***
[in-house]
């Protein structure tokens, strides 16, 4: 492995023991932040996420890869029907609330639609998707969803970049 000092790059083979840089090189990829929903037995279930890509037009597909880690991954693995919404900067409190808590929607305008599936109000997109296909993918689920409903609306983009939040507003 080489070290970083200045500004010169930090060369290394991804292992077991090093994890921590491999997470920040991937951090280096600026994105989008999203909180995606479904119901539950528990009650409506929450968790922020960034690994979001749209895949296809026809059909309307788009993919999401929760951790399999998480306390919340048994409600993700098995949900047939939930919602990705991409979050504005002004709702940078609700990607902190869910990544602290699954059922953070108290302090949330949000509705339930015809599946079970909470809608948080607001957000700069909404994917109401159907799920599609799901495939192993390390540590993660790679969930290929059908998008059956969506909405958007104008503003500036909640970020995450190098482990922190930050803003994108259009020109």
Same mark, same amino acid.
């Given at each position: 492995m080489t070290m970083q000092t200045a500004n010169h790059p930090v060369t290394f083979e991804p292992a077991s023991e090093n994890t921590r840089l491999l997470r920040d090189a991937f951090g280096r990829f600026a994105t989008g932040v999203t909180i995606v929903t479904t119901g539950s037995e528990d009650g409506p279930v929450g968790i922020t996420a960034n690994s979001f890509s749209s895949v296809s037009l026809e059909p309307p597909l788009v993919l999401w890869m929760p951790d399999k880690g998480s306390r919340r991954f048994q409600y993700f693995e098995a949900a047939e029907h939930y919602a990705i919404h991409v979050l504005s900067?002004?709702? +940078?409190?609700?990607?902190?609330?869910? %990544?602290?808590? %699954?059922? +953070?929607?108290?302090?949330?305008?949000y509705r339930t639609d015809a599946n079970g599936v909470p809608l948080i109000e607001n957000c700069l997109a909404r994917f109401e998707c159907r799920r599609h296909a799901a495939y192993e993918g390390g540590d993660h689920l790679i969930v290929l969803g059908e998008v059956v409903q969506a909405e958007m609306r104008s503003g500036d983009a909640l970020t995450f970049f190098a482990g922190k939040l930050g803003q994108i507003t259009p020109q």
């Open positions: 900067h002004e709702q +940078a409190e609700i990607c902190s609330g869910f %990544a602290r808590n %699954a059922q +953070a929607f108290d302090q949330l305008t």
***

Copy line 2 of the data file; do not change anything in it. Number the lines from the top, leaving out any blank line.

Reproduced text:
């Protein structure tokens, strides 16, 4: 492995023991932040996420890869029907609330639609998707969803970049 000092790059083979840089090189990829929903037995279930890509037009597909880690991954693995919404900067409190808590929607305008599936109000997109296909993918689920409903609306983009939040507003 080489070290970083200045500004010169930090060369290394991804292992077991090093994890921590491999997470920040991937951090280096600026994105989008999203909180995606479904119901539950528990009650409506929450968790922020960034690994979001749209895949296809026809059909309307788009993919999401929760951790399999998480306390919340048994409600993700098995949900047939939930919602990705991409979050504005002004709702940078609700990607902190869910990544602290699954059922953070108290302090949330949000509705339930015809599946079970909470809608948080607001957000700069909404994917109401159907799920599609799901495939192993390390540590993660790679969930290929059908998008059956969506909405958007104008503003500036909640970020995450190098482990922190930050803003994108259009020109």